Community Resource Guide

Therapists rely on the implementation of their expert knowledge of the neurological, musculoskeletal, cardiopulmonary, and integumentary (skin) systems to help your child in any one of the following ways:

  • Achieve age-appropriate developmental milestones (e.g., crawl, sit, stand, walk)
  • Better participate in age-appropriate gross motor or school activities with peers
  • Improve range of motion, strength, mobility, posture, balance, endurance, and coordination for independent function
  • Improve your child’s ability to independently negotiate his or her environment (home, school, job, community)
  • Actively participate and contribute to the society at large

Treating your child includes examining, evaluating, and assessing the areas in which your child may have difficulty functioning and then incorporating activities to address these areas. After examining your child, the therapist will make an evaluation of his findings using any combination of standardized tests, observations, and/or clinical expertise. Once an assessment has been reached, your therapist will discuss his or her findings with you and educate you on your child’s needs; educating caregivers (and your child when possible) on the nature or extent of injury, disability, and the prognosis is an essential component of pediatric physical therapy and helps to keep the caregiver involved and informed of the child’s progress. You will also review the plan of care with your therapist, which will entail a discussion of the number of visits, frequency, duration of physical therapy, prognosis, and home activities you must do with your child to help him/her excel.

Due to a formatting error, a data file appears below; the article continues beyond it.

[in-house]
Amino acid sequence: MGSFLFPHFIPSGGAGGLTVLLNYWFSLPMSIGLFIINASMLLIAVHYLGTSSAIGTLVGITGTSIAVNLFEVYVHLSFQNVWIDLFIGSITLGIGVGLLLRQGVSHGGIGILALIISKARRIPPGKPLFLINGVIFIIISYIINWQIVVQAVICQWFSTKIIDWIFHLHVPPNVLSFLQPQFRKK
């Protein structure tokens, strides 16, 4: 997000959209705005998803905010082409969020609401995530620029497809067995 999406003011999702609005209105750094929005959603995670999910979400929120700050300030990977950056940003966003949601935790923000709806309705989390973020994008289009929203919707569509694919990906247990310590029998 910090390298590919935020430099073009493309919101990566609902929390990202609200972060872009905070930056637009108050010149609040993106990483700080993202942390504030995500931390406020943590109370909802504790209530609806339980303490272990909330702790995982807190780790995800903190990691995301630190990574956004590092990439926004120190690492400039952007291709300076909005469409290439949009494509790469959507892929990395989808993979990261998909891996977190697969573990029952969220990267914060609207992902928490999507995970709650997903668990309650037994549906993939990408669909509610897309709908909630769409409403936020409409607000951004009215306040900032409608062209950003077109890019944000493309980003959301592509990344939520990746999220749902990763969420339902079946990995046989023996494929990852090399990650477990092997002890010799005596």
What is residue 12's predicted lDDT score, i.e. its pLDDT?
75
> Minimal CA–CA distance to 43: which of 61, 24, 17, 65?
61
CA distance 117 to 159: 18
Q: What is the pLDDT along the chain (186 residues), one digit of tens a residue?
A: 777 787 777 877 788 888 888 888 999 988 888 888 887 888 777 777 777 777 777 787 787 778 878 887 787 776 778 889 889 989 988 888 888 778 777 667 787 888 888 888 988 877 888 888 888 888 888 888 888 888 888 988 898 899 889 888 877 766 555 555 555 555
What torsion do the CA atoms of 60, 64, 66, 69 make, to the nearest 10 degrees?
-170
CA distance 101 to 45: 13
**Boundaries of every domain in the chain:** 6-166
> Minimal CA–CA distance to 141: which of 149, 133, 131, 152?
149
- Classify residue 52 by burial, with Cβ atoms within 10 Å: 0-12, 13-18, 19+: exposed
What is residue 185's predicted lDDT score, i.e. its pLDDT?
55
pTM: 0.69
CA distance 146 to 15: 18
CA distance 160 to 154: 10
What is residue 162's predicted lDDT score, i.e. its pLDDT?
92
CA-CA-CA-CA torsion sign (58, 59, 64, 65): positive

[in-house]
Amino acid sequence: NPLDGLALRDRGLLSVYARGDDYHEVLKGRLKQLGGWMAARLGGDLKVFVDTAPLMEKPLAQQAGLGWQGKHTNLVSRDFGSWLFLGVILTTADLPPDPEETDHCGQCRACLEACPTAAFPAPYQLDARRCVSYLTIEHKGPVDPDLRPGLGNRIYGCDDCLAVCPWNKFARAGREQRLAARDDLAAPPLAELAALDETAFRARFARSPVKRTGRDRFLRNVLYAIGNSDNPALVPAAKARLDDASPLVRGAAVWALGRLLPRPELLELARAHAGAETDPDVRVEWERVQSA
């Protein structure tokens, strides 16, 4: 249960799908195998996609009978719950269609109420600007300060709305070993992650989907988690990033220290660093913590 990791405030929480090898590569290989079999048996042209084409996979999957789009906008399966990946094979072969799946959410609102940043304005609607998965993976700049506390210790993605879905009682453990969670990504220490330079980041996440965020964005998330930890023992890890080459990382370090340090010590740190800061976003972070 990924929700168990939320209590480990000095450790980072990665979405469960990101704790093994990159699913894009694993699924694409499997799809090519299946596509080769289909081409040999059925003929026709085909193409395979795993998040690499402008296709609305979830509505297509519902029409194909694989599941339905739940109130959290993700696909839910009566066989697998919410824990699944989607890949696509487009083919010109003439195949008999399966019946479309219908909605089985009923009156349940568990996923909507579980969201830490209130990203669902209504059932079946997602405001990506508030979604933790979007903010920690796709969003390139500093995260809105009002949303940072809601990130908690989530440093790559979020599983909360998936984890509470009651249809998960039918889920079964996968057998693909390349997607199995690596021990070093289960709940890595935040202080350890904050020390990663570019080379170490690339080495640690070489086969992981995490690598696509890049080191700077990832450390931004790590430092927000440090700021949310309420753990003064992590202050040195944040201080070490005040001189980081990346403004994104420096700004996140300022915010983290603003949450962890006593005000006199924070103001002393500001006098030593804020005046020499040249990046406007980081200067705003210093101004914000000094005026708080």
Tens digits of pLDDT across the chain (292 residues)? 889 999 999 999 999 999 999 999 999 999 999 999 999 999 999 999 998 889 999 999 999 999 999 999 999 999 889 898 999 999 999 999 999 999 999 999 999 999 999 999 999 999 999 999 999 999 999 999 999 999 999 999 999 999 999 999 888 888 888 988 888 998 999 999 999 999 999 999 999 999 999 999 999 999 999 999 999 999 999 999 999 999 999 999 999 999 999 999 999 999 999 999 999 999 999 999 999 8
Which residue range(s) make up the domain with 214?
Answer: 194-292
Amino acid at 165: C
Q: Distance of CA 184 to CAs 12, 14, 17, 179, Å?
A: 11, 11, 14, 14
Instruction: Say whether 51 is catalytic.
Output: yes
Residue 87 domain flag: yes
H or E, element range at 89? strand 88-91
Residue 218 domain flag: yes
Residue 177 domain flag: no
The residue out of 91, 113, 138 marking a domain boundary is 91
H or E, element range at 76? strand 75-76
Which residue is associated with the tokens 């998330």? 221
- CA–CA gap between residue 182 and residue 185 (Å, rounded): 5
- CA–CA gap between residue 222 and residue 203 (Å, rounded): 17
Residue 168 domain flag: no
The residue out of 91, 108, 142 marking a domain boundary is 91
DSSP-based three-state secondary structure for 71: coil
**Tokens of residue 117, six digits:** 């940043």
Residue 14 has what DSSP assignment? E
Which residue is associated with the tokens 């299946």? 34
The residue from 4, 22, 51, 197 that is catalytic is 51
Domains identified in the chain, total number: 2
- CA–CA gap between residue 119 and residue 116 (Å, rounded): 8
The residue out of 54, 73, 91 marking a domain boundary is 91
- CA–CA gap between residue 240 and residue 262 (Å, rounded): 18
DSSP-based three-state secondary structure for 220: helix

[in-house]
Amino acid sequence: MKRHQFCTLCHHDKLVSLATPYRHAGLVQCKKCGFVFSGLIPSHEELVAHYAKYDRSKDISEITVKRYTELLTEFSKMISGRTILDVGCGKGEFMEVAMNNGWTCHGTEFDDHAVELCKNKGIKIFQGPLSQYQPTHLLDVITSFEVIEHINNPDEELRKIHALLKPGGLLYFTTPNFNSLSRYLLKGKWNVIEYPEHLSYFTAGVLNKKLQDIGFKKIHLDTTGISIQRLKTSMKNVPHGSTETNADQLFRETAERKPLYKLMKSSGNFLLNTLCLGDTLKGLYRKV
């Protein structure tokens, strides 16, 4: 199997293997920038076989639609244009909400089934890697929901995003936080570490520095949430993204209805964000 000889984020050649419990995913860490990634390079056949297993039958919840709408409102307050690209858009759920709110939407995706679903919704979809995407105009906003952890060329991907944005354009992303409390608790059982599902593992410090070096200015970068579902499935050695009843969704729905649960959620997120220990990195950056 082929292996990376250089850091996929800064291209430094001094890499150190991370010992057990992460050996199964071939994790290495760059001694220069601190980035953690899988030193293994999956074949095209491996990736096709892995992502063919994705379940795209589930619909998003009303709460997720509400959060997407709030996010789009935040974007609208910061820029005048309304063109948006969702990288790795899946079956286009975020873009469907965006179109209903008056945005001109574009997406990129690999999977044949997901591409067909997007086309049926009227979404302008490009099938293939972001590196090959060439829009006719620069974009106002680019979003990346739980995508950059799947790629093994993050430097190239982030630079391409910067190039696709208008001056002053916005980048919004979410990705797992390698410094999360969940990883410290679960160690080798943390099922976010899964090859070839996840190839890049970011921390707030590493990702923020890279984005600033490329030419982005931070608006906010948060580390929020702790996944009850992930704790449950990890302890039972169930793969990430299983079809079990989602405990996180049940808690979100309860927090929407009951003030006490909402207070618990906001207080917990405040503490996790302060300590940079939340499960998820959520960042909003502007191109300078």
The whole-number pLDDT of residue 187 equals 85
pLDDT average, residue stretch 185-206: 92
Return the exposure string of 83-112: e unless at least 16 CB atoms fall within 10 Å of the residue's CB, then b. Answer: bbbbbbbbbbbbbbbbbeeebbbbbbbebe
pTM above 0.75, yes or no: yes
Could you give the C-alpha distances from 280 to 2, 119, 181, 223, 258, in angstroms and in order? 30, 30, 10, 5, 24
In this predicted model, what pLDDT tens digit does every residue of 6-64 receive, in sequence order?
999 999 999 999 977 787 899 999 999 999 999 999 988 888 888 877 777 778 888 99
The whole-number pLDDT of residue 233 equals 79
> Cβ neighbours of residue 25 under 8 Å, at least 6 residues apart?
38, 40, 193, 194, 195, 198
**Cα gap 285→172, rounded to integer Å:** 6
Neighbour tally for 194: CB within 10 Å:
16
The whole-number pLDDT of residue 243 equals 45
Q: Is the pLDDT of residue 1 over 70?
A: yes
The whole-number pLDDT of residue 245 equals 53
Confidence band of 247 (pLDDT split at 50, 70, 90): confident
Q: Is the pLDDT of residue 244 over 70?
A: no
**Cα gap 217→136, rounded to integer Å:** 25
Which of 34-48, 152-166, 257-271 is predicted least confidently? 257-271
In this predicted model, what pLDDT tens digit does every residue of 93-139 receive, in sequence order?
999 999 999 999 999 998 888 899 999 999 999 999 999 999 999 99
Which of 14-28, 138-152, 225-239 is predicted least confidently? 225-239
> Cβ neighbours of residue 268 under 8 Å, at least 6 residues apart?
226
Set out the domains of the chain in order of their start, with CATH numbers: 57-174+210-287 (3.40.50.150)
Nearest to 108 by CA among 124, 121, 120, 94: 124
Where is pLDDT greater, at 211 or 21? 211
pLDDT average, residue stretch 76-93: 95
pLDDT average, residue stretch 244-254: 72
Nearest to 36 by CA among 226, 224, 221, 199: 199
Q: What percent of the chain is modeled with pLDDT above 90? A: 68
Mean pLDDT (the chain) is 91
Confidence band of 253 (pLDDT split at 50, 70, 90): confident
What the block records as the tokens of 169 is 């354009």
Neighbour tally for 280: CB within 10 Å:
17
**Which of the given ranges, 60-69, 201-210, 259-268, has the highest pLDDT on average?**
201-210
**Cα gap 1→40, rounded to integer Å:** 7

Together, you will then create an individualized program specific to your child’s goals and/or the family’s goals.

Activities in the form of play are provided to help your child be better motivated to reach his or her goals. Your role as a caregiver and your compliance with your child’s home program are extremely important for a successful plan of care.

Upcoming Events

13 /April

01:30 PM - 09:30 PM

Parenting in the Kitchen: Home Strategies for Families in Feeding Therapy

Location: Milestone Therapy, 370 W 80th Pl, Merrillville IN 46410

Please note: In order to allow a larger audience to learn from Melanie, we will be providing chairs, but not tables in the room. Please feel free to bring a clipboard or other writing surface if you’d like to take notes while seated.

Course Description: This seminar connects professionals with tools to parents of children who struggle to eat. Parents of children with feeding disorders face challenges at breakfast, lunch, dinner, and snack time. They often spend the day worried about how much their child will consume, unsure of how to help them learn to eat with more variety and concerned about the child’s nutritional health. Studies have shown that as parental stress increases, positive parent-child interactions decrease. A consistent, positive feeding relationship between parent and child is essential to making progress in feeding therapy. Those who treat children for feeding difficulties want to know how to support both the child and the family with practical, everyday strategies. What approach can parents take to bring joy back to the family table while the child’s feeding development improves over time? A child’s relationship with food influences family dynamics, therefore a family-centered approach to treatment is essential to progress feeding skills.

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11 /April

11:00 PM - 01:00 AM

April 2019 Respite Night

Milestone Therapy is hosting another Parent Respite Night – open gym, crafts, and games for our young clients and their siblings from ages 0-16.

While your children are in the hands of some very skilled pediatric caregivers, why don’t you escape for a few hours? Maybe a nice dinner or a few drinks, anything to help you relax.

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